# Attempting to resolve initial state
            
            # if not all(i == False for i in context.limits):
            toCheck = [i for i, j in enumerate(context.limits) if j != False]
            if pair in toCheck:
                #pair, spreadMean, 'long'/'short'
                lim = context.limits[pair]
                if lim[2] == 'long':
                    if currSpread <= spreadMean:
                        order(currX, -currOwnedX)
                        order(currY, -currOwnedY)
                        context.limits[pair] = False
                else:
                    if currSpread >= spreadMean:
                        order(currX, -currOwnedX)
                        order(currY, -currOwnedY)
                        context.limits[pair] = False
            
            # Initial Trade
            lowerLim = -100000
            # currOwnedX < upperLim and and currOwnedY < upperLim
            if currOwnedX > lowerLim  and currOwnedY > lowerLim:          
                if currSpread > spreadMean + context.SDDiff * spreadSD:
                        order(currX, -stocksToOrderX)
                        order(currY, stocksToOrderY)
                        print("Bought " + str(stocksToOrderY) + " stocks of " + str(currY))
                        print("Shorted " + str(stocksToOrderX) + " stocks of " + str(currX))
                        context.limits[pair] = [pair, spreadMean, 'long']
                elif currSpread < spreadMean - context.SDDiff * spreadSD:
                        order(currX, stocksToOrderX)
                        order(currY, -stocksToOrderY)
                        print("Bought " + str(stocksToOrderX) + " stocks of " + str(currX))
                        print("Shorted " + str(stocksToOrderY) + " stocks of " + str(currY))
                        context.limits[pair] = [pair, spreadMean, 'long']

            # Logging data
            context.historical[pair][0].append(data[currPair[0]].price)
            context.historical[pair][1].append(data[currPair[1]].price)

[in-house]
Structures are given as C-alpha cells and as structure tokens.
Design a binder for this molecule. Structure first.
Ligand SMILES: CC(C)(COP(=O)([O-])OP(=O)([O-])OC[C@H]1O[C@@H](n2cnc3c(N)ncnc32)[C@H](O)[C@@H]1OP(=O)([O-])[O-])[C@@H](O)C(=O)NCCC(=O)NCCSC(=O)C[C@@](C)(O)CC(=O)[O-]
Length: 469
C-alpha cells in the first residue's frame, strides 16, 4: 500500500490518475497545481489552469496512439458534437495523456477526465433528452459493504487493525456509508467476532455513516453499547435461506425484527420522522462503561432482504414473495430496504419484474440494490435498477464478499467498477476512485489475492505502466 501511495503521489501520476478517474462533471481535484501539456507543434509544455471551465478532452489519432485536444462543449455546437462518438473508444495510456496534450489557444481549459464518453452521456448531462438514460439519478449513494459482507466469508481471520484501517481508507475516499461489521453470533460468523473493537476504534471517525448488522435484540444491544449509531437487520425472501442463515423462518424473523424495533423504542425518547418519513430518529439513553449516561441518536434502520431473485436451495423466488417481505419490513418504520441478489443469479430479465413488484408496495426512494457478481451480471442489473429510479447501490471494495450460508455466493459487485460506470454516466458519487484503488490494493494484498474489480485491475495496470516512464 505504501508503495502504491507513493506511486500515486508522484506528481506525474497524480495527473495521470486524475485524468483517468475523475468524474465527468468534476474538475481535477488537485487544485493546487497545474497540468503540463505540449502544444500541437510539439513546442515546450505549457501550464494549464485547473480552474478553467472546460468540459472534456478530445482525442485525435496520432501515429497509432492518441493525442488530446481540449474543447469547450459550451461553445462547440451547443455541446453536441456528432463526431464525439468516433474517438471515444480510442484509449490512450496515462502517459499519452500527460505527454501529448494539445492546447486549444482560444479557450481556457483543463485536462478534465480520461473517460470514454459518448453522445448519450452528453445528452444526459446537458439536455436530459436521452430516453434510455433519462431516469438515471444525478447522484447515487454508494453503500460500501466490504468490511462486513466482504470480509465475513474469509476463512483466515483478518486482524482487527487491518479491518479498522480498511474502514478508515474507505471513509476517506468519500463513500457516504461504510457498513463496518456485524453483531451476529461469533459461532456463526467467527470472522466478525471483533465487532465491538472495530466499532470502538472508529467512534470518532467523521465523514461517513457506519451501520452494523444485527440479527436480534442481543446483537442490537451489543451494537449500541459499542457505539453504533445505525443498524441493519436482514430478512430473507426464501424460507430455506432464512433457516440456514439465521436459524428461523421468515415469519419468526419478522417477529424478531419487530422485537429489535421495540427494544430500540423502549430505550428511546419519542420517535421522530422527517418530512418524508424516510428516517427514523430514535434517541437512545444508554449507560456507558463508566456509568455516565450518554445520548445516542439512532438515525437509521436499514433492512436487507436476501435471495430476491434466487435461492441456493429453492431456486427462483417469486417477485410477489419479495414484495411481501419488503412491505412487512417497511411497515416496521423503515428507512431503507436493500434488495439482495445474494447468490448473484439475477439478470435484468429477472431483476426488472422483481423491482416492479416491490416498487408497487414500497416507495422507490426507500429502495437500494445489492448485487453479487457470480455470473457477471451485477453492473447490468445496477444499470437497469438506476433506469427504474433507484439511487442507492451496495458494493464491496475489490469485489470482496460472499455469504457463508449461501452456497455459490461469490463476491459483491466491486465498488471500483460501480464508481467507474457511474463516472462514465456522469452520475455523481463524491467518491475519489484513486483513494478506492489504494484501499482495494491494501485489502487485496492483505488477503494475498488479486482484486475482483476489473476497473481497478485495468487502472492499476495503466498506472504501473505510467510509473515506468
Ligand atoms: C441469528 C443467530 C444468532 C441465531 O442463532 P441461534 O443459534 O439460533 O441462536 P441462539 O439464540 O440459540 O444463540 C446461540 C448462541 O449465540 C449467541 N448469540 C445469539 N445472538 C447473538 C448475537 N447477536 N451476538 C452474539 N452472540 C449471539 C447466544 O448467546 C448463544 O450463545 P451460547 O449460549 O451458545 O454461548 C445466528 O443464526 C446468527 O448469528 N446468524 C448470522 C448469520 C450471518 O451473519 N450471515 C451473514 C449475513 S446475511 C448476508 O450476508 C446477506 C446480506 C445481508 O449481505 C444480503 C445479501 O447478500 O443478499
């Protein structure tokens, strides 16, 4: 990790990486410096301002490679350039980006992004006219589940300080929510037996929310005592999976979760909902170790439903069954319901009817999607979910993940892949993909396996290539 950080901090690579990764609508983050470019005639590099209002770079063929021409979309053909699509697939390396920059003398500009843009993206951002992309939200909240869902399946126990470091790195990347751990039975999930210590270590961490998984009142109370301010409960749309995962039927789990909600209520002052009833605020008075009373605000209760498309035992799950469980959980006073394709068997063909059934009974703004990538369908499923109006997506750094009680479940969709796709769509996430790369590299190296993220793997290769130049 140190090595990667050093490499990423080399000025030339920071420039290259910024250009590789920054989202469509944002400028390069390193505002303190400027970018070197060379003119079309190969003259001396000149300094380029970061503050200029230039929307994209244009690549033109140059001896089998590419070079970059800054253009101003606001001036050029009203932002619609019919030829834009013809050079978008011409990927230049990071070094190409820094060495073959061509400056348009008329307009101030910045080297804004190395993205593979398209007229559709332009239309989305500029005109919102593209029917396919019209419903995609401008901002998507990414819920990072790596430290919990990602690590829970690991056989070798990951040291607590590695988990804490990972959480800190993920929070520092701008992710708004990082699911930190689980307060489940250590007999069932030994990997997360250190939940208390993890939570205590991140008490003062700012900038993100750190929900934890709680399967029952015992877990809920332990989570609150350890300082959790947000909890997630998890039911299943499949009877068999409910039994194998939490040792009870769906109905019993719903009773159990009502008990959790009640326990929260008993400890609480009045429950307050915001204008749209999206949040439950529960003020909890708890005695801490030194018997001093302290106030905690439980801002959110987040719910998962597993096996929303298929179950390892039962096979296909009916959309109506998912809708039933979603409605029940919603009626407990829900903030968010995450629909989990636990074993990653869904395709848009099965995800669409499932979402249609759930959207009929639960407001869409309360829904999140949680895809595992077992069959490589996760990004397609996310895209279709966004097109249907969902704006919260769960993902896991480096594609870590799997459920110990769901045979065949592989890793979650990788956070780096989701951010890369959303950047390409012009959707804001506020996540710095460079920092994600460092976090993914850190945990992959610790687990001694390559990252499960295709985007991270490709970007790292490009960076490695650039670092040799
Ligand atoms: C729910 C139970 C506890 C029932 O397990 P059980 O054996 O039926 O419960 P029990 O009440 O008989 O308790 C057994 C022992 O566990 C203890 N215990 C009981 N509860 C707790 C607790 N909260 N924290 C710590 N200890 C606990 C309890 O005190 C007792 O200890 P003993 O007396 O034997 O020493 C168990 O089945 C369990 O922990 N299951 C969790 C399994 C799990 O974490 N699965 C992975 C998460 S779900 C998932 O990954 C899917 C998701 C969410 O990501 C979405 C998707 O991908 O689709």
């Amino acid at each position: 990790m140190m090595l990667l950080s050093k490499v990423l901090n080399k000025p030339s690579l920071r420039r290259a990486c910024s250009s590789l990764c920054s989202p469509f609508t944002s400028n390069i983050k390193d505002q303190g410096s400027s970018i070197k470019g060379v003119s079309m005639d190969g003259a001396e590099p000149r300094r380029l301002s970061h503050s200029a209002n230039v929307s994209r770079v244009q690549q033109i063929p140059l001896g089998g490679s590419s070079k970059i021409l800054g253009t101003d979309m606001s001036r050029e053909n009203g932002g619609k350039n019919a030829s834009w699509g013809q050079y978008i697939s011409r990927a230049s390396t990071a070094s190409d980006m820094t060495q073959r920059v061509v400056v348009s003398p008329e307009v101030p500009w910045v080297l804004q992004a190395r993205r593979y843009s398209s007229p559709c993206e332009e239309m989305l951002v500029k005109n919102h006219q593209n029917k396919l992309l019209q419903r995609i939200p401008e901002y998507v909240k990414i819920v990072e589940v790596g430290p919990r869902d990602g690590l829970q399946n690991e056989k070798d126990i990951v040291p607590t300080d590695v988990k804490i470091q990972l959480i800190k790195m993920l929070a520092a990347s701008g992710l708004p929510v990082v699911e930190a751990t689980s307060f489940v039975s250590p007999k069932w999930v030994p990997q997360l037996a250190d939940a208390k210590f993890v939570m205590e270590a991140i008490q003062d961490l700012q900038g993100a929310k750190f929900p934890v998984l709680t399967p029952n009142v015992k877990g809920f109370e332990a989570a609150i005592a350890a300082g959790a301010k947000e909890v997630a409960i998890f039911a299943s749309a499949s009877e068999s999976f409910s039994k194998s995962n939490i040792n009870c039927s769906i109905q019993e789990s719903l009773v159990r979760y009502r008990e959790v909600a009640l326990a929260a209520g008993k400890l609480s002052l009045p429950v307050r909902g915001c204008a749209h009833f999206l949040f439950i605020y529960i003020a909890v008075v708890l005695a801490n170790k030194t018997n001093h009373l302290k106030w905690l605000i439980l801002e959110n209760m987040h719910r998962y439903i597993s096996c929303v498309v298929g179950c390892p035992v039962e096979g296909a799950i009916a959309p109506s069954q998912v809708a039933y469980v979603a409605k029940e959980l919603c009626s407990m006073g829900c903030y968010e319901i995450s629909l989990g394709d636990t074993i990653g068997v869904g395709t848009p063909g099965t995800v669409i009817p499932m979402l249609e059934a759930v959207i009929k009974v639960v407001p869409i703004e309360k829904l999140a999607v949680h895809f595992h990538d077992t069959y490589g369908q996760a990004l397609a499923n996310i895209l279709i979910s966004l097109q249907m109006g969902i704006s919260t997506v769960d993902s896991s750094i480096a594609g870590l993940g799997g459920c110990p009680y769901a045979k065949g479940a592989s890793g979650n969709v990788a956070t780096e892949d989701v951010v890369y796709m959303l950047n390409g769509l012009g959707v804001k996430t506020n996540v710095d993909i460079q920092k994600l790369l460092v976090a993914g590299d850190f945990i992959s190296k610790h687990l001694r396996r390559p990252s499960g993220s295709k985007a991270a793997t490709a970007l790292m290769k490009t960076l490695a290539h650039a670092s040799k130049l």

def test_coint(pair):
    result = sm.OLS(pair[1], pair[0]).fit()   
    dfResult =  ts.adfuller(result.resid)
    return dfResult[0] >= dfResult[4]['10%']
There was a runtime error.
6 responses

Nice algo! I'm curious, could you explain why you have a warm-up period? What data is the algo accumulating here?

If you need a trailing window of prices, use the history() function. This will have the price data available on the first bar the algo starts trading.
So you could do:

prices = history(60, '1d', 'price')  

Then to get a specific stock's price history you can index into the dataframe by doing,

stock_price = history(60, '1d', 'price')[stock]  
Disclaimer

The material on this website is provided for informational purposes only and does not constitute an offer to sell, a solicitation to buy, or a recommendation or endorsement for any security or strategy, nor does it constitute an offer to provide investment advisory services by Quantopian. In addition, the material offers no opinion with respect to the suitability of any security or specific investment. No information contained herein should be regarded as a suggestion to engage in or refrain from any investment-related course of action as none of Quantopian nor any of its affiliates is undertaking to provide investment advice, act as an adviser to any plan or entity subject to the Employee Retirement Income Security Act of 1974, as amended, individual retirement account or individual retirement annuity, or give advice in a fiduciary capacity with respect to the materials presented herein. If you are an individual retirement or other investor, contact your financial advisor or other fiduciary unrelated to Quantopian about whether any given investment idea, strategy, product or service described herein may be appropriate for your circumstances. All investments involve risk, including loss of principal. Quantopian makes no guarantees as to the accuracy or completeness of the views expressed in the website. The views are subject to change, and may have become unreliable for various reasons, including changes in market conditions or economic circumstances.

I was completely unaware of the history() function. With that, the warmup period is completely unnecessary.
Thank you!

Thanks for sharing this. Just started reading and this explained a lot to me.

I'm definitely new to a lot of these concepts, but I'm enjoying experimenting on quantopian to see if I can apply what I'm learning.

Just stumbled on this what is interesting is how well it does start of 2015 on.

I tried to backtest this with 30k amount but it was making orders worth around 300k. I'm not sure if I'm missing something?